An Oklahoma death-row inmate whose supporters include actress Susan Sarandon and football coach Barry Switzer won a two-week reprieve just hours before his scheduled execution on Wednesday.
Richard Glossip had filed a last-minute appeal arguing new evidence pointed to his innocence in the 1997 murder of hotel owner Barry Van Treese.
Oklahoma Gov. Mary Fallin was unswayed, but the Oklahoma Court of Criminal Appeals issued an emergency stay of execution that will remain in effect until Sept. 30.
In a brief order, the judges said they wanted time to give "fair consideration" to all the materials Glossip's defense submitted.
Glossip had been scheduled to receive a lethal injection at 3 p.m. CT. Even "Dead Man Walking" nun Sister Helen Prejean, who met with him Tuesday night, said it would probably take a "miracle" to spare his life.
"Richard was over-the-top happy," after getting the news, Prejean said.
Because she was listed as a witness, Prejean was at the prison when the order was signed. As she and his defense lawyers were leaving, they passed Van Treese's relatives, who were there as witnesses, too.
"I felt for them," Prejean said.
Van Treese's son, Daniel, said he knew there was always a possibility the execution would be delayed.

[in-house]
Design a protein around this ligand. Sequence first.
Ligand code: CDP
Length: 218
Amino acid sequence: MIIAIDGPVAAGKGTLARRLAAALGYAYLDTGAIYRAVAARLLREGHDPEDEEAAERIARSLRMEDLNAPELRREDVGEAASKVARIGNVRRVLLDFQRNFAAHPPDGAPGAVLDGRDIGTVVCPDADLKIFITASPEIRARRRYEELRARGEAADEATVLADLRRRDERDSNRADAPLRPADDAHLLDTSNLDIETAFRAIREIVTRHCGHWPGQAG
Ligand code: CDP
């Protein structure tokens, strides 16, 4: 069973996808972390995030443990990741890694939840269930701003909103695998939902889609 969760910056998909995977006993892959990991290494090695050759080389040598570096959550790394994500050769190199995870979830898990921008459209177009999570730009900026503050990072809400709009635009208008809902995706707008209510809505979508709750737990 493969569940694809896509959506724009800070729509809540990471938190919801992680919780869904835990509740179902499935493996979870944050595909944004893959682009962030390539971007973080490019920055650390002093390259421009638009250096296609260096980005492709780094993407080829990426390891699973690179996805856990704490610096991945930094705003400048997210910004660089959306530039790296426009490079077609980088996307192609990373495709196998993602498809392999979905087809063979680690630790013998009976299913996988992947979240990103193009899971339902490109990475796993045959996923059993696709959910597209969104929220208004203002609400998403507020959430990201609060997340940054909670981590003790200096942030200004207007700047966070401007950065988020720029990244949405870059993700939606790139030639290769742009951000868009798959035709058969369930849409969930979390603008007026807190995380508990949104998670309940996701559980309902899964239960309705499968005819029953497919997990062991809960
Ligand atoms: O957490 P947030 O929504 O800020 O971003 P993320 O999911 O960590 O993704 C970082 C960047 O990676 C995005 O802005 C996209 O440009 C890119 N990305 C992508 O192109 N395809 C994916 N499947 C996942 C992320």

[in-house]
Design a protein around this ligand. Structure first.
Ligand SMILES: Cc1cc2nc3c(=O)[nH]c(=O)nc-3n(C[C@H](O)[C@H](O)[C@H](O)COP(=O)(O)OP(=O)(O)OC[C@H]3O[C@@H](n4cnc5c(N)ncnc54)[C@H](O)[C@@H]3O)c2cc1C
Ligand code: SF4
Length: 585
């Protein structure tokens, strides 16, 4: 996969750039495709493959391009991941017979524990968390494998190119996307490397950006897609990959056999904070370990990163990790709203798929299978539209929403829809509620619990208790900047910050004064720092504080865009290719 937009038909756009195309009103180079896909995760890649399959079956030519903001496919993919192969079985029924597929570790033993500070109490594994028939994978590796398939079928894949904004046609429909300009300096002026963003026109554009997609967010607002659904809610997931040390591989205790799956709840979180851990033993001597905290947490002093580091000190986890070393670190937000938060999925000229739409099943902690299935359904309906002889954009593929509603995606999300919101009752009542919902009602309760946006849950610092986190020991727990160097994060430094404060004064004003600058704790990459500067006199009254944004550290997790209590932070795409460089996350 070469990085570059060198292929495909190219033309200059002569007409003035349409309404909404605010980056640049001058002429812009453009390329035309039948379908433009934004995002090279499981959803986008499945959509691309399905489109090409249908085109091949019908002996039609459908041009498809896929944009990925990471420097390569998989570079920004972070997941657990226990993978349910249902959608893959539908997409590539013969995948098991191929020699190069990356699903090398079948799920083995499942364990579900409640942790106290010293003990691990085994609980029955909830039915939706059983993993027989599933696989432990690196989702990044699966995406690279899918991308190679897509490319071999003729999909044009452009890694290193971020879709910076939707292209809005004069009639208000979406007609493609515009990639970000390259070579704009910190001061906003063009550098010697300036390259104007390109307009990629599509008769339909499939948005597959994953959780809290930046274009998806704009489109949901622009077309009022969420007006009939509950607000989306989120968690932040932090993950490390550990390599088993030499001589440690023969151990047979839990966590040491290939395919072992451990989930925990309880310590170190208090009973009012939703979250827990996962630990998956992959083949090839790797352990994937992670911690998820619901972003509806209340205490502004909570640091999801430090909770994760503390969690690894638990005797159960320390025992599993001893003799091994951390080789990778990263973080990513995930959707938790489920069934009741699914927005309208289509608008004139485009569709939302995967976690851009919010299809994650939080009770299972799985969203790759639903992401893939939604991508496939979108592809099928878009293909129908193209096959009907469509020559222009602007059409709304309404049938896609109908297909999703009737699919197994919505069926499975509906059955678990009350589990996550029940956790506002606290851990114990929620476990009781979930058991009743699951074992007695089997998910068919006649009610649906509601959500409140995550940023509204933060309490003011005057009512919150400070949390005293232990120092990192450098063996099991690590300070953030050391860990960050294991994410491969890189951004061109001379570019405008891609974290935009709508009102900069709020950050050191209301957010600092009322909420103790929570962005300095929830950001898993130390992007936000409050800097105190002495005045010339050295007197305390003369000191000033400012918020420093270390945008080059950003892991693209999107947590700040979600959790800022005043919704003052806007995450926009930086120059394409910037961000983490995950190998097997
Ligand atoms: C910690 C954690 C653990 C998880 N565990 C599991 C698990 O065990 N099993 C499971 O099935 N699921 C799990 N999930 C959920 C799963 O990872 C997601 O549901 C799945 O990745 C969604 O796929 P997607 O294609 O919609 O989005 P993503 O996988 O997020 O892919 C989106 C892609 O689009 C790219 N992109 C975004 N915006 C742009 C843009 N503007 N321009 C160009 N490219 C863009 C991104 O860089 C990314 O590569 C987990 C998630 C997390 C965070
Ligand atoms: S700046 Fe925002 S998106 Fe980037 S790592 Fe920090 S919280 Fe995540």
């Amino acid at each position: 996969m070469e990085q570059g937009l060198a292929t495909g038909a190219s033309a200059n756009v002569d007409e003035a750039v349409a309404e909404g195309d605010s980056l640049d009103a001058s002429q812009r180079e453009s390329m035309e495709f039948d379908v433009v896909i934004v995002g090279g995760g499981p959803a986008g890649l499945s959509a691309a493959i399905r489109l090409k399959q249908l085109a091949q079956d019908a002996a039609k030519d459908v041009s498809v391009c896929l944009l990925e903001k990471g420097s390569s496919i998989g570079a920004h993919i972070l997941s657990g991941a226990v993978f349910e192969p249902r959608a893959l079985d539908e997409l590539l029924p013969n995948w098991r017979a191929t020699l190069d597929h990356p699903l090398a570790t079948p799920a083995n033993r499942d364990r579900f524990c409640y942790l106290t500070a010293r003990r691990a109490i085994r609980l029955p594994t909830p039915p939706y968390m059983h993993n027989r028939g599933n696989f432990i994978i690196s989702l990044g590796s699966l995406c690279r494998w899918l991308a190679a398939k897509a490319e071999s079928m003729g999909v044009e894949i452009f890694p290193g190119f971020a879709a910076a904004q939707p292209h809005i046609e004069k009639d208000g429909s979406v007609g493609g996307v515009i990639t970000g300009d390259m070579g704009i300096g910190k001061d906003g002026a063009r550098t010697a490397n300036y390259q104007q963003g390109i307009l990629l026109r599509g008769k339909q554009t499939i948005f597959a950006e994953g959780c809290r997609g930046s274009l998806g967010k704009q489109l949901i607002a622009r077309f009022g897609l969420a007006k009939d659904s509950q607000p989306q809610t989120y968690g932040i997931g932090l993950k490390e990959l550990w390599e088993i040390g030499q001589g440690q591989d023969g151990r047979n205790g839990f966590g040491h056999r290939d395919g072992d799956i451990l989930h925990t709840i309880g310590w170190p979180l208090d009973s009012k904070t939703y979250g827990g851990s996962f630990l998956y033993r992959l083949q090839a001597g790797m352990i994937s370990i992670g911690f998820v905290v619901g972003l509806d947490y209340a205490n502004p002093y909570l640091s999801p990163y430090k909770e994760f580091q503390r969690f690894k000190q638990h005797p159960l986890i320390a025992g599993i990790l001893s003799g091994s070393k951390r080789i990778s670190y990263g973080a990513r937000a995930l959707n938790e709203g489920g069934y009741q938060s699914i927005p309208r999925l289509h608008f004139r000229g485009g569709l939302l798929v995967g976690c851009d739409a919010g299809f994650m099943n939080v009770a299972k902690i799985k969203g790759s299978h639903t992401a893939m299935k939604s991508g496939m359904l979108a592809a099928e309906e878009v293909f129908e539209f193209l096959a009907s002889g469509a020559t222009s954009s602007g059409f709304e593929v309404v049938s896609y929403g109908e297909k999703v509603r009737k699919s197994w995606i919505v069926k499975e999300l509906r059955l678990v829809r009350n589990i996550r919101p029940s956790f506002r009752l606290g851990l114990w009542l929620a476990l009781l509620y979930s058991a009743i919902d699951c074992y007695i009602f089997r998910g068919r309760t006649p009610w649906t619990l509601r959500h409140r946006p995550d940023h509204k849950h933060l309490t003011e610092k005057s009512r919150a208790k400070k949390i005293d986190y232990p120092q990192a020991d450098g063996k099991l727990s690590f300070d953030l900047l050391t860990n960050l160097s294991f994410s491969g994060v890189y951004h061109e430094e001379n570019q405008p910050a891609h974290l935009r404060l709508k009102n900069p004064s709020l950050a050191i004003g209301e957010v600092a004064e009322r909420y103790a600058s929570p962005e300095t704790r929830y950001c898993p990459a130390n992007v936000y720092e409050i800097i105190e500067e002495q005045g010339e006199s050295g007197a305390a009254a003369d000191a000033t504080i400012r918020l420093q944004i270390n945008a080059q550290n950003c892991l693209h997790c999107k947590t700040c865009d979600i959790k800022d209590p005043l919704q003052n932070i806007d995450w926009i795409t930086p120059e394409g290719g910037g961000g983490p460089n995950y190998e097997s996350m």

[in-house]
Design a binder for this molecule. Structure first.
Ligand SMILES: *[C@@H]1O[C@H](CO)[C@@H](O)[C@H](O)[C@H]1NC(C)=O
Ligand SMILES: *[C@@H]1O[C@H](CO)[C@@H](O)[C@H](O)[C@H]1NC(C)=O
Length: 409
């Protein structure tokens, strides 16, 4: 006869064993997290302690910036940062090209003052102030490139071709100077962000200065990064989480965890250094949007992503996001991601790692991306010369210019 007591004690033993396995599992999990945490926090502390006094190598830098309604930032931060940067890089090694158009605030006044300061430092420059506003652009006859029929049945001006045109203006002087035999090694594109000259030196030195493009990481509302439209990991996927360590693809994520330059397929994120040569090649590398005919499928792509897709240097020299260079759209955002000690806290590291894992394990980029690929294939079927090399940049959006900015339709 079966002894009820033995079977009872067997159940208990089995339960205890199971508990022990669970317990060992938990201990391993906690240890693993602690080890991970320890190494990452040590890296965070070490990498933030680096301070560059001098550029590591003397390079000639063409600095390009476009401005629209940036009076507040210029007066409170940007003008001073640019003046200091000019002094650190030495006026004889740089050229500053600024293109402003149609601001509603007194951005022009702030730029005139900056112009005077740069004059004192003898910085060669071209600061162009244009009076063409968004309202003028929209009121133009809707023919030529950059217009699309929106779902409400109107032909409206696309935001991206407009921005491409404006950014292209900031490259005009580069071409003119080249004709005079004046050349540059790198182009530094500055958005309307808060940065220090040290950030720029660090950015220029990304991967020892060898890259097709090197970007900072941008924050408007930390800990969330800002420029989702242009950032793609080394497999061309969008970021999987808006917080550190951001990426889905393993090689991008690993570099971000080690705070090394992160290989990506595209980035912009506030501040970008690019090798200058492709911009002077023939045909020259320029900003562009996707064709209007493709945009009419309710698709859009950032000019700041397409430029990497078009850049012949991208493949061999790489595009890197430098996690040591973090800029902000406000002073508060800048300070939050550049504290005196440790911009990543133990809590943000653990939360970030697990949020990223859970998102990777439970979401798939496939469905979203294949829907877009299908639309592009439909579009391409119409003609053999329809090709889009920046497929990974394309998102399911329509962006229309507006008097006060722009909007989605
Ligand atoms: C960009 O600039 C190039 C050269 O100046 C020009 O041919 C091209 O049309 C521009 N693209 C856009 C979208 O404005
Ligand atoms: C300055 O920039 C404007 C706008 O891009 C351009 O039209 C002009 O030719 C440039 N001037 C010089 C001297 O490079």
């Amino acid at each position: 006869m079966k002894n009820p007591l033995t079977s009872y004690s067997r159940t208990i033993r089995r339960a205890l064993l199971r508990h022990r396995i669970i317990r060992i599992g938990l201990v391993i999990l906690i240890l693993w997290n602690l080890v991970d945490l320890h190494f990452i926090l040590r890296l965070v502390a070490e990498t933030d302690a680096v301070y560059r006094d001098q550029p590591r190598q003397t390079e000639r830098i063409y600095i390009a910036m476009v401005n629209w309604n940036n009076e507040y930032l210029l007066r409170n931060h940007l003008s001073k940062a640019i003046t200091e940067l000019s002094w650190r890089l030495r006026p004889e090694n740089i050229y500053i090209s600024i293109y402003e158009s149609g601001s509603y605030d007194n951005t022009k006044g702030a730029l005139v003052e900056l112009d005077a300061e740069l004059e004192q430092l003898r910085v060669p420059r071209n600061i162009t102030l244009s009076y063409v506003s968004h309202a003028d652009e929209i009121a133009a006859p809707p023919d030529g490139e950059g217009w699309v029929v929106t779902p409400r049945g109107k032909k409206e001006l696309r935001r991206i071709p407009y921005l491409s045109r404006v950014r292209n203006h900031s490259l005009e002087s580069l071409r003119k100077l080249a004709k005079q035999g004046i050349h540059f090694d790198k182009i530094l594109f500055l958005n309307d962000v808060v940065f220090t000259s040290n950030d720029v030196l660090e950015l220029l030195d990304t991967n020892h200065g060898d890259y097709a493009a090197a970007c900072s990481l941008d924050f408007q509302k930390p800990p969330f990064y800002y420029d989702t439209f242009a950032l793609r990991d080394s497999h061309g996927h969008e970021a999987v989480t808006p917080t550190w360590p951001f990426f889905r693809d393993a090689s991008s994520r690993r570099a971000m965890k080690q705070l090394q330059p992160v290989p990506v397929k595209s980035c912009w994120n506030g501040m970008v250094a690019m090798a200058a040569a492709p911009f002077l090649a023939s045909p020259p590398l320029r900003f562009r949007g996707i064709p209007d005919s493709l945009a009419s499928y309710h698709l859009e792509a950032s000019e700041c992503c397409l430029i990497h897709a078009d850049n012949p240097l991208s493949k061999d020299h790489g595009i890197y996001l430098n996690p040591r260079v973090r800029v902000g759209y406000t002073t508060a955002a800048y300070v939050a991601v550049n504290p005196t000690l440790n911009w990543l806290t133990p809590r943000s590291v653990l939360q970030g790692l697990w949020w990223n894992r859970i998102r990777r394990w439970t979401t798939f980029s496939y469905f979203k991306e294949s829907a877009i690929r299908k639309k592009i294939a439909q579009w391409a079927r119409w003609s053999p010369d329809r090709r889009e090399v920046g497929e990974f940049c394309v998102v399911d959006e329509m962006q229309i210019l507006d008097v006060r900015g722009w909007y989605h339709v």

"We knew it was one of the cards his attorneys were playing," he said. "We aren't looking forward to having to do this again, but we will if we have to."
Glossip was convicted of orchestrating the killing of Van Treese — carried out by maintenance man Justin Sneed, who cut a deal to avoid the death penalty.
His defense lawyers say they have a new witness who swears Sneed admitted acting alone and setting up Glossip's. Previously, Sneed's own daughter claimed her father wanted to recant.
The appeals court set a new execution date of Sept. 30 to allow for time to review the claims.
Glossip originally had an execution date for January, but that was postponed when the U.S. Supreme Court agreed to hear his challenge to the state's lethal-injection formula.
After the high court ruled against him and a new date was set, nearly a quarter of a million people have signed an online petition asking for another reprieve.
Sarandon, who played Prejean in the movie "Dead Man Walking," came out in support of him. Switzer, the legendary coach of the University of Oklahoma, and Sen. Tom Coburn, who supports capital punishment, recently signed a letter urging a delay.
On Tuesday evening, Fallin declined to issue a stay of execution. After the court acted on Wednesday, she said the legal arena is "the proper place for Richard Glossip and his legal team to argue the merits of his case.
"My office will respect whatever decision the court makes, as we have throughout this process," she said. "My thoughts and prayers go out to the Van Treese family who has suffered greatly during this long ordeal."